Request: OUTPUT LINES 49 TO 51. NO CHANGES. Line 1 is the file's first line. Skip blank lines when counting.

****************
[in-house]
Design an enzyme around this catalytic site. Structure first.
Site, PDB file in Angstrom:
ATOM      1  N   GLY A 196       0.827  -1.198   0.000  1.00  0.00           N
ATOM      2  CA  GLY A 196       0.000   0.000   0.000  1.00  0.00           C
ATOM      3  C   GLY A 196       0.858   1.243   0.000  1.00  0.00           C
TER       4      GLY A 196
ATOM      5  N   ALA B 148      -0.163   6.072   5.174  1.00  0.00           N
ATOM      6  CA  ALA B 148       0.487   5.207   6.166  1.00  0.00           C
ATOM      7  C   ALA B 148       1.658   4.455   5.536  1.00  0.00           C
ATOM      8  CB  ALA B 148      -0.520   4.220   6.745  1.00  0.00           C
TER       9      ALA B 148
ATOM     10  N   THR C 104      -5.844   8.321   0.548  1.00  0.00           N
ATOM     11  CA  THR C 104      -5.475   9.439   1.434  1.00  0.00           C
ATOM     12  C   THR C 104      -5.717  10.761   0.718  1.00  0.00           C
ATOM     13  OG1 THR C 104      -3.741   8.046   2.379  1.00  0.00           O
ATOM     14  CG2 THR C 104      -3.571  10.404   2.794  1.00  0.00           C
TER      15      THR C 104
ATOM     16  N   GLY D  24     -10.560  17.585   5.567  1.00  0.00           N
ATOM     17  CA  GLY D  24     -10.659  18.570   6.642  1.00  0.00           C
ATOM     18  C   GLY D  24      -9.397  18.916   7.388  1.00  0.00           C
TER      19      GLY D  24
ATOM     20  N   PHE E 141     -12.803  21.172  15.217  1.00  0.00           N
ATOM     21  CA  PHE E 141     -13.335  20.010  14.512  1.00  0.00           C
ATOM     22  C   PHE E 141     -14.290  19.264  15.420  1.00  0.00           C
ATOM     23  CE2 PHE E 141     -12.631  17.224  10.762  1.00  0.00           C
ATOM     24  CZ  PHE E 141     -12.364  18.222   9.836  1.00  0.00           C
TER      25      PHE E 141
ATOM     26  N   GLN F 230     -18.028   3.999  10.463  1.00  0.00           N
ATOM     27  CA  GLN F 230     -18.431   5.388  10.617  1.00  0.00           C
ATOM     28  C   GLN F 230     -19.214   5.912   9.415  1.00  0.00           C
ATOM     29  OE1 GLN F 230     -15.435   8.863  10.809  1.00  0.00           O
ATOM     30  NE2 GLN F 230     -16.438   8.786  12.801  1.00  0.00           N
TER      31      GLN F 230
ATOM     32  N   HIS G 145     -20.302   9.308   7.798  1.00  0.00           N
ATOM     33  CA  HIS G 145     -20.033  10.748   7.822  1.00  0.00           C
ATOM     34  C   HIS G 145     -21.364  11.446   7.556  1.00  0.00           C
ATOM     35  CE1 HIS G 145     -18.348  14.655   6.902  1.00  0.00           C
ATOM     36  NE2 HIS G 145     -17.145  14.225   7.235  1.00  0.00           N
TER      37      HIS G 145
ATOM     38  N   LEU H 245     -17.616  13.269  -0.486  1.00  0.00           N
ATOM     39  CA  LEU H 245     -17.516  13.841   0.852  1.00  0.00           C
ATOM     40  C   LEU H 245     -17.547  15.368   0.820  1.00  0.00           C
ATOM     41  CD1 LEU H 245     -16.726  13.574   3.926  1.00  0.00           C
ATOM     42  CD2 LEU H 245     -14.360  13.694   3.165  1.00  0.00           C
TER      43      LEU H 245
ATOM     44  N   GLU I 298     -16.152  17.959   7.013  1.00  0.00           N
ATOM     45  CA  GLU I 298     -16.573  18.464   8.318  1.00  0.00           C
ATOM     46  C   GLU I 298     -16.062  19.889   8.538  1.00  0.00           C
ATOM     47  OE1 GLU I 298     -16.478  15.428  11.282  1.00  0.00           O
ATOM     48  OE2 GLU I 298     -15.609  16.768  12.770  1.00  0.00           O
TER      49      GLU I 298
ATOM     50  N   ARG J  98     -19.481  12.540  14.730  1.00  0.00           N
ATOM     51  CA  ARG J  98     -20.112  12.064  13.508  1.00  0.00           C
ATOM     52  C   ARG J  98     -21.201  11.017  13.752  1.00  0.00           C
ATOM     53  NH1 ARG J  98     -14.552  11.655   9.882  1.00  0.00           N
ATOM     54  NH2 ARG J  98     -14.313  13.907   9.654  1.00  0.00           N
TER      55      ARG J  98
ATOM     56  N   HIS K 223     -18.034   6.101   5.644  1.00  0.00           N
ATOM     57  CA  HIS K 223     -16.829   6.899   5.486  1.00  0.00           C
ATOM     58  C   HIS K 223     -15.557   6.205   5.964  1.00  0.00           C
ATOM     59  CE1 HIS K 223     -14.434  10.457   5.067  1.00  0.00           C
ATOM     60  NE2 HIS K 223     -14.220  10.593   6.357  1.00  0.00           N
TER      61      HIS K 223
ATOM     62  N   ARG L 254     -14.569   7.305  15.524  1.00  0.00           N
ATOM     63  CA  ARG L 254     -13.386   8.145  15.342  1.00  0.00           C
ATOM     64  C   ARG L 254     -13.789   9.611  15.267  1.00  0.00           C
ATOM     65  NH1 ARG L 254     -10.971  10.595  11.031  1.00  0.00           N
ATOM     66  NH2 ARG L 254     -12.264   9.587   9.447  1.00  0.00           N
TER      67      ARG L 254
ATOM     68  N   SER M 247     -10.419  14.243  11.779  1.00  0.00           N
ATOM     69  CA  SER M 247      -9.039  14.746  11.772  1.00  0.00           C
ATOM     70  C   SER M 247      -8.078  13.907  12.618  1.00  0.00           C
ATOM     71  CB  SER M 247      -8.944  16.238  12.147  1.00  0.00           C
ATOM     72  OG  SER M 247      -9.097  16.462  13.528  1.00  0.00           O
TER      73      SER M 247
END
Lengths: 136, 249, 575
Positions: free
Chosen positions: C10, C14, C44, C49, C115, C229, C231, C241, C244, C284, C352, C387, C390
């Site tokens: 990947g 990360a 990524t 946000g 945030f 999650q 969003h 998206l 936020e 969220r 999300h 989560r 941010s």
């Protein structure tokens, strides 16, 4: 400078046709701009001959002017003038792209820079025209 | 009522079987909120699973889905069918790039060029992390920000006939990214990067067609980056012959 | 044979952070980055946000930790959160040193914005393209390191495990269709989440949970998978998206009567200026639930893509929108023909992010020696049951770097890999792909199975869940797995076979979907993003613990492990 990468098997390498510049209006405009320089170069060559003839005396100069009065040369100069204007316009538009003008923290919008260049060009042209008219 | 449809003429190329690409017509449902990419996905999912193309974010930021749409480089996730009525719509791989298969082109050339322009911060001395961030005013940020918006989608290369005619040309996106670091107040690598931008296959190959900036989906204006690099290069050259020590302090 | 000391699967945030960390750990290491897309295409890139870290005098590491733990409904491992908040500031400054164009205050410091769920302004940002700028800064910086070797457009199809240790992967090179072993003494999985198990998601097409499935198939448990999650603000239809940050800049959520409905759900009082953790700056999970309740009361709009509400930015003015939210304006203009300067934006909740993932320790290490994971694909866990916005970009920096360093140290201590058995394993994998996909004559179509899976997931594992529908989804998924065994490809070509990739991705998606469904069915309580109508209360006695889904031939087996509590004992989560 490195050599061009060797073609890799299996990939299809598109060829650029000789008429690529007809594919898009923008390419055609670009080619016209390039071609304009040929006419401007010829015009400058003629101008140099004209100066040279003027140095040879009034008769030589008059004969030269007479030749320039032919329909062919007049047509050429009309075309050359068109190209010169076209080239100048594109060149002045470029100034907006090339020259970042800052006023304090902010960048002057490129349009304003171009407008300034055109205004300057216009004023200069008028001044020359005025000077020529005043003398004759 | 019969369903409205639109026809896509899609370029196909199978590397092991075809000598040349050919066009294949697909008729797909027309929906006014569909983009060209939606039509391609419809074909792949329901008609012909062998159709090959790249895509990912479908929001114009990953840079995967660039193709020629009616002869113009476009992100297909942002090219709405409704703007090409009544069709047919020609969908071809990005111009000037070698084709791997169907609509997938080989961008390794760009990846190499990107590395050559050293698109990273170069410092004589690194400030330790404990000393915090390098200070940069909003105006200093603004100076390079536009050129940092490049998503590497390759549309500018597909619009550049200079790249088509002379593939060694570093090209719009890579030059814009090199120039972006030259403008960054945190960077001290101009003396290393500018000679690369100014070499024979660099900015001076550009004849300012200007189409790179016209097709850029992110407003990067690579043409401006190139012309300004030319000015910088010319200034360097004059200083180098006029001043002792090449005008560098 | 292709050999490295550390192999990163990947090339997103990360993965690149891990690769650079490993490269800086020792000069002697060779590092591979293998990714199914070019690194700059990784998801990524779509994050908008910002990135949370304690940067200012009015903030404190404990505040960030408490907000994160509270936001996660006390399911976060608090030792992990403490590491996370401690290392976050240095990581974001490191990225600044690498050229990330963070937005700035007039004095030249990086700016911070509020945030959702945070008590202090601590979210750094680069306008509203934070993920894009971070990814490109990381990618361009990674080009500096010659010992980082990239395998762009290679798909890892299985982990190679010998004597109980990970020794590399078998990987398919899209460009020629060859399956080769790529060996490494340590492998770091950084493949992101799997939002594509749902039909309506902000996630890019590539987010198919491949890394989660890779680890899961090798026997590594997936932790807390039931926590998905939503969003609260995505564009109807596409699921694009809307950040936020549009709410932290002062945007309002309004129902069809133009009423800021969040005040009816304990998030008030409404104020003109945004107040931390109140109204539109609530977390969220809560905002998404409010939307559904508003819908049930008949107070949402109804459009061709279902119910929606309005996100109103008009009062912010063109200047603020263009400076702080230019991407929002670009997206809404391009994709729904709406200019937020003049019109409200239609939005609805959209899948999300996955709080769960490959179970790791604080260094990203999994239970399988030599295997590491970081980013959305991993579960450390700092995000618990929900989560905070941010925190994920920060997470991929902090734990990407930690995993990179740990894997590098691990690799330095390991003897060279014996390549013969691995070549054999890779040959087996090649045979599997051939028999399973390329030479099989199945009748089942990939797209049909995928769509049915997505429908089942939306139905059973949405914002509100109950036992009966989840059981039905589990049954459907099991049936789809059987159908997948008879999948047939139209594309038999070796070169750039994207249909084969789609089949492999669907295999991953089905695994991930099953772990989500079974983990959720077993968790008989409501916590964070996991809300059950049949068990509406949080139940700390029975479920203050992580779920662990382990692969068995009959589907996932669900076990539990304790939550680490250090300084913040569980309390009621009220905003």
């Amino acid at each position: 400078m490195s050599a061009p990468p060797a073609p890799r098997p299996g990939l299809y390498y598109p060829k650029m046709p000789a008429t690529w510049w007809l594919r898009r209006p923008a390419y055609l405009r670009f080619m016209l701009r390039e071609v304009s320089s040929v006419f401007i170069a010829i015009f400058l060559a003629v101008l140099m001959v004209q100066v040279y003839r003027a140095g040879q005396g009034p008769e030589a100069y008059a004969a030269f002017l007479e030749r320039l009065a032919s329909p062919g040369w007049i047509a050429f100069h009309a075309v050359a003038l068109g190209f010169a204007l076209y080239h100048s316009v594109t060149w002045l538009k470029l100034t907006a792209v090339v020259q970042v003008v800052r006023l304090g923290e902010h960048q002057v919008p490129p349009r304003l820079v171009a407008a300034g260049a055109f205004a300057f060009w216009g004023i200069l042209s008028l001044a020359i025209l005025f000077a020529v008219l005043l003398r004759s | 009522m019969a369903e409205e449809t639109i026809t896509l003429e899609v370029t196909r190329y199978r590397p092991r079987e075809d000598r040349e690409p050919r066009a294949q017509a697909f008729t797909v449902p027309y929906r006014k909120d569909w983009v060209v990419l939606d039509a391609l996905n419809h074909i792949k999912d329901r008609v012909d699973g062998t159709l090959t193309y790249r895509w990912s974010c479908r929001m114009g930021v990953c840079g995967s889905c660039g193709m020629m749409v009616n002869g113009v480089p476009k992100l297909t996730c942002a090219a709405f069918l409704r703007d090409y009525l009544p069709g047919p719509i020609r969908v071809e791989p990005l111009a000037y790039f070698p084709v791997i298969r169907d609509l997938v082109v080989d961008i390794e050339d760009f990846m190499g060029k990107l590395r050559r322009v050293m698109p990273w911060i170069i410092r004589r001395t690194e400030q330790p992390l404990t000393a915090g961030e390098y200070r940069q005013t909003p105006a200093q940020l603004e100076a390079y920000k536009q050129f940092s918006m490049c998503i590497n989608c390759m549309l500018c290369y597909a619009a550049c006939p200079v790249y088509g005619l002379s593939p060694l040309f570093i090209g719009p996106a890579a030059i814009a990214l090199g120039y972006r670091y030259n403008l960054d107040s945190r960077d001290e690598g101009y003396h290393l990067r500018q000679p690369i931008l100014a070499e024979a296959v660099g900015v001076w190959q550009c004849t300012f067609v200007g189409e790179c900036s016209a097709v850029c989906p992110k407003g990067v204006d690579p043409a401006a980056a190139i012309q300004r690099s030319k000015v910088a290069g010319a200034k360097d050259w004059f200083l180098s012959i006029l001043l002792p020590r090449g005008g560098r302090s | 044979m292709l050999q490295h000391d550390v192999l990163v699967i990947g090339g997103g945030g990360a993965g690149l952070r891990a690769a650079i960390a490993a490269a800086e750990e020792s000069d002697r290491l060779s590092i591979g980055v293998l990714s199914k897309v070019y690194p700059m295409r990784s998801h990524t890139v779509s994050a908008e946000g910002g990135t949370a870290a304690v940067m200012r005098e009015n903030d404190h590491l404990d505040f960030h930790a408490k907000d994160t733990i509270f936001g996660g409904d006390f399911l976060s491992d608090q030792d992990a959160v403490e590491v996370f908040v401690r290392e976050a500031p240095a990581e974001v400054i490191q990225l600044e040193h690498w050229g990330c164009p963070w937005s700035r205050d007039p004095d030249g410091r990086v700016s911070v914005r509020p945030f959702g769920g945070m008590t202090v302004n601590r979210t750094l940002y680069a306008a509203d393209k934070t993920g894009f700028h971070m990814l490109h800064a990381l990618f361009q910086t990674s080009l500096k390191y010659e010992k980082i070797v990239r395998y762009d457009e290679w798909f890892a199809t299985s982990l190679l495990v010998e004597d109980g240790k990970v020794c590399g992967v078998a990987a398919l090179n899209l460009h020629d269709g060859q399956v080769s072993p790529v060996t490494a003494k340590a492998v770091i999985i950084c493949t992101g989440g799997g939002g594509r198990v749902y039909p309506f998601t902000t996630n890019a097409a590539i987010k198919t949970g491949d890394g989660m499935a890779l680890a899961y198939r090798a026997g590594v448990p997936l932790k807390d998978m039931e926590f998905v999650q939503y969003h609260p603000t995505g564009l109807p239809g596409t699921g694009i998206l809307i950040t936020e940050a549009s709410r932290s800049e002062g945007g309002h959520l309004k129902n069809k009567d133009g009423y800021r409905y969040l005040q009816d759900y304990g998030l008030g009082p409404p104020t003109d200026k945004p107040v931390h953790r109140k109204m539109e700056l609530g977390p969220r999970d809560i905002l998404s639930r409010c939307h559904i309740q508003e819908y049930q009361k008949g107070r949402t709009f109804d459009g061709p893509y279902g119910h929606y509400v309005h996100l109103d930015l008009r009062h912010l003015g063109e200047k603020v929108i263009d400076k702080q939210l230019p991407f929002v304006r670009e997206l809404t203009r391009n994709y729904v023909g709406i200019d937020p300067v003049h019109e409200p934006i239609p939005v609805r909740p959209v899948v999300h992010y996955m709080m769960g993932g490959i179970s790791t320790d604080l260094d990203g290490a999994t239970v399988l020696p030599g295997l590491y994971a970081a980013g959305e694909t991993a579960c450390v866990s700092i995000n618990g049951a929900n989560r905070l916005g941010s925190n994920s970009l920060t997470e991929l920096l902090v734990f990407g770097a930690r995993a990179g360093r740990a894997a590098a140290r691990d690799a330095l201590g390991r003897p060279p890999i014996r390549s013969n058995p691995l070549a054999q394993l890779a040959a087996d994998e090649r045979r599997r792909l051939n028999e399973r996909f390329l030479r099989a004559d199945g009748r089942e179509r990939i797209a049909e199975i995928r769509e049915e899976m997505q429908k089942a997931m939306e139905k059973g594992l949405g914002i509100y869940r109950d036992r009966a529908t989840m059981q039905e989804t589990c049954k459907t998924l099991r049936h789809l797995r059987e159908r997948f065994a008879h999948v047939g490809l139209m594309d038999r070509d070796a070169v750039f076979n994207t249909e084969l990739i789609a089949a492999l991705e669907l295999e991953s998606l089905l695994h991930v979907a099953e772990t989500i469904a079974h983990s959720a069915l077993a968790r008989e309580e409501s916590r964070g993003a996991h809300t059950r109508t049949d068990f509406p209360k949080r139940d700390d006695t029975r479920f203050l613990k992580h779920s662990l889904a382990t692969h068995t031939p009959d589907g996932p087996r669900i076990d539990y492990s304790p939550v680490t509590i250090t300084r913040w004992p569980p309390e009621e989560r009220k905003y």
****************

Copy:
ATOM     46  C   GLU I 298     -16.062  19.889   8.538  1.00  0.00           C
ATOM     47  OE1 GLU I 298     -16.478  15.428  11.282  1.00  0.00           O
ATOM     48  OE2 GLU I 298     -15.609  16.768  12.770  1.00  0.00           O